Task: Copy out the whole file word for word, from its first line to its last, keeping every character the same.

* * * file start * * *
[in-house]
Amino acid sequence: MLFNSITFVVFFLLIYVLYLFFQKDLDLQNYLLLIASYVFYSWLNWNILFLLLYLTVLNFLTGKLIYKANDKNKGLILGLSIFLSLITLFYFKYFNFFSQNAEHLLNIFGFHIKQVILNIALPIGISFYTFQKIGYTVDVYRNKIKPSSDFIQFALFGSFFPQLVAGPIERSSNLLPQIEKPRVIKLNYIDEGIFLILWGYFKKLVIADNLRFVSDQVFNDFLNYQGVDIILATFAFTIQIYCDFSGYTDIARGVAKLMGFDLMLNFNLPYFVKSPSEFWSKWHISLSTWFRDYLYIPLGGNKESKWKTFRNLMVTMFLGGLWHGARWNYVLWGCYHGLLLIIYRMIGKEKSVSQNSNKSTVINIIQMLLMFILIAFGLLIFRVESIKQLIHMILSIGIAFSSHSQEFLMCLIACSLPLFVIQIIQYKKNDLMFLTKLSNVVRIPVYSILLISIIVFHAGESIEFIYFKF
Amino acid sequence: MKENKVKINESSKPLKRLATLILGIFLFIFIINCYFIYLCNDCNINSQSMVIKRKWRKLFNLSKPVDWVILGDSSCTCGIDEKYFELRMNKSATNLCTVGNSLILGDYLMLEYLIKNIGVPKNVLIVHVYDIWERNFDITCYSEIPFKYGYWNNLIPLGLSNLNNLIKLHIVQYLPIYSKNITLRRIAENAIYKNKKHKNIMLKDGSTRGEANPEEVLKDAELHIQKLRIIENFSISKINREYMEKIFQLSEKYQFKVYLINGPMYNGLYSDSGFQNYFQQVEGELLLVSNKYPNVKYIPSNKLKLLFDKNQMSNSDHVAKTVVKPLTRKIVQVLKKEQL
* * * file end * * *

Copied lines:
[in-house]
Amino acid sequence: MLFNSITFVVFFLLIYVLYLFFQKDLDLQNYLLLIASYVFYSWLNWNILFLLLYLTVLNFLTGKLIYKANDKNKGLILGLSIFLSLITLFYFKYFNFFSQNAEHLLNIFGFHIKQVILNIALPIGISFYTFQKIGYTVDVYRNKIKPSSDFIQFALFGSFFPQLVAGPIERSSNLLPQIEKPRVIKLNYIDEGIFLILWGYFKKLVIADNLRFVSDQVFNDFLNYQGVDIILATFAFTIQIYCDFSGYTDIARGVAKLMGFDLMLNFNLPYFVKSPSEFWSKWHISLSTWFRDYLYIPLGGNKESKWKTFRNLMVTMFLGGLWHGARWNYVLWGCYHGLLLIIYRMIGKEKSVSQNSNKSTVINIIQMLLMFILIAFGLLIFRVESIKQLIHMILSIGIAFSSHSQEFLMCLIACSLPLFVIQIIQYKKNDLMFLTKLSNVVRIPVYSILLISIIVFHAGESIEFIYFKF
Amino acid sequence: MKENKVKINESSKPLKRLATLILGIFLFIFIINCYFIYLCNDCNINSQSMVIKRKWRKLFNLSKPVDWVILGDSSCTCGIDEKYFELRMNKSATNLCTVGNSLILGDYLMLEYLIKNIGVPKNVLIVHVYDIWERNFDITCYSEIPFKYGYWNNLIPLGLSNLNNLIKLHIVQYLPIYSKNITLRRIAENAIYKNKKHKNIMLKDGSTRGEANPEEVLKDAELHIQKLRIIENFSISKINREYMEKIFQLSEKYQFKVYLINGPMYNGLYSDSGFQNYFQQVEGELLLVSNKYPNVKYIPSNKLKLLFDKNQMSNSDHVAKTVVKPLTRKIVQVLKKEQL